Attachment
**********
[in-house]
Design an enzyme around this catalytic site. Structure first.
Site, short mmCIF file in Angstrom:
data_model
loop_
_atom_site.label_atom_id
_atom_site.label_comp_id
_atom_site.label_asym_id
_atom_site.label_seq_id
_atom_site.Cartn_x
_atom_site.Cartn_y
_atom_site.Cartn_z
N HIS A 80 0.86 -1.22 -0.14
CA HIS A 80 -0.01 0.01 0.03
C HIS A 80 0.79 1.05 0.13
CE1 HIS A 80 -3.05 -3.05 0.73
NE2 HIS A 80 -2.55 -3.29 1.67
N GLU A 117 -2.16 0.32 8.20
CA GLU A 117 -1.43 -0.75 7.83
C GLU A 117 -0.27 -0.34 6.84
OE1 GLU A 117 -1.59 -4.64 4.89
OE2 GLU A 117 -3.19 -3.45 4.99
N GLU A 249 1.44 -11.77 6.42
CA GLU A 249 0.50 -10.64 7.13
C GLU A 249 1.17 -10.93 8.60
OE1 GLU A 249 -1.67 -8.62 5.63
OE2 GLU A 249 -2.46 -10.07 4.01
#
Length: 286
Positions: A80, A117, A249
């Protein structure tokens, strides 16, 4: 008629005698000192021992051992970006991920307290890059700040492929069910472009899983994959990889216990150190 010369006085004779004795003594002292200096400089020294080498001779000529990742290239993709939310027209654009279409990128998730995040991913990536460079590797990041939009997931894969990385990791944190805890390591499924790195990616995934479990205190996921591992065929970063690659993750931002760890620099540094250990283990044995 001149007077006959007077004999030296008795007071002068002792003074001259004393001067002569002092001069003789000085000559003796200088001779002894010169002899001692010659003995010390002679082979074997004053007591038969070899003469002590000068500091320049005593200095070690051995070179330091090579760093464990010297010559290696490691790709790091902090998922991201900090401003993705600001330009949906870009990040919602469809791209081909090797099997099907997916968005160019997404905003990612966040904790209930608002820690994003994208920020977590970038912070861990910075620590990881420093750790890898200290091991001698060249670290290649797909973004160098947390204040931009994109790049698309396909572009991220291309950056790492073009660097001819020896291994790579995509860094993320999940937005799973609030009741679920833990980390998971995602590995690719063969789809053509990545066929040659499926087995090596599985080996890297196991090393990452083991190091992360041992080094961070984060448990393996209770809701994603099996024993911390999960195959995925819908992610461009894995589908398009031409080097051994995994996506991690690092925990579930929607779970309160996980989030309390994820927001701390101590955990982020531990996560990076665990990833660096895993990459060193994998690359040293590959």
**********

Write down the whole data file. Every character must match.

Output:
[in-house]
Design an enzyme around this catalytic site. Structure first.
Site, short mmCIF file in Angstrom:
data_model
loop_
_atom_site.label_atom_id
_atom_site.label_comp_id
_atom_site.label_asym_id
_atom_site.label_seq_id
_atom_site.Cartn_x
_atom_site.Cartn_y
_atom_site.Cartn_z
N HIS A 80 0.86 -1.22 -0.14
CA HIS A 80 -0.01 0.01 0.03
C HIS A 80 0.79 1.05 0.13
CE1 HIS A 80 -3.05 -3.05 0.73
NE2 HIS A 80 -2.55 -3.29 1.67
N GLU A 117 -2.16 0.32 8.20
CA GLU A 117 -1.43 -0.75 7.83
C GLU A 117 -0.27 -0.34 6.84
OE1 GLU A 117 -1.59 -4.64 4.89
OE2 GLU A 117 -3.19 -3.45 4.99
N GLU A 249 1.44 -11.77 6.42
CA GLU A 249 0.50 -10.64 7.13
C GLU A 249 1.17 -10.93 8.60
OE1 GLU A 249 -1.67 -8.62 5.63
OE2 GLU A 249 -2.46 -10.07 4.01
#
Length: 286
Positions: A80, A117, A249
């Protein structure tokens, strides 16, 4: 008629005698000192021992051992970006991920307290890059700040492929069910472009899983994959990889216990150190 010369006085004779004795003594002292200096400089020294080498001779000529990742290239993709939310027209654009279409990128998730995040991913990536460079590797990041939009997931894969990385990791944190805890390591499924790195990616995934479990205190996921591992065929970063690659993750931002760890620099540094250990283990044995 001149007077006959007077004999030296008795007071002068002792003074001259004393001067002569002092001069003789000085000559003796200088001779002894010169002899001692010659003995010390002679082979074997004053007591038969070899003469002590000068500091320049005593200095070690051995070179330091090579760093464990010297010559290696490691790709790091902090998922991201900090401003993705600001330009949906870009990040919602469809791209081909090797099997099907997916968005160019997404905003990612966040904790209930608002820690994003994208920020977590970038912070861990910075620590990881420093750790890898200290091991001698060249670290290649797909973004160098947390204040931009994109790049698309396909572009991220291309950056790492073009660097001819020896291994790579995509860094993320999940937005799973609030009741679920833990980390998971995602590995690719063969789809053509990545066929040659499926087995090596599985080996890297196991090393990452083991190091992360041992080094961070984060448990393996209770809701994603099996024993911390999960195959995925819908992610461009894995589908398009031409080097051994995994996506991690690092925990579930929607779970309160996980989030309390994820927001701390101590955990982020531990996560990076665990990833660096895993990459060193994998690359040293590959």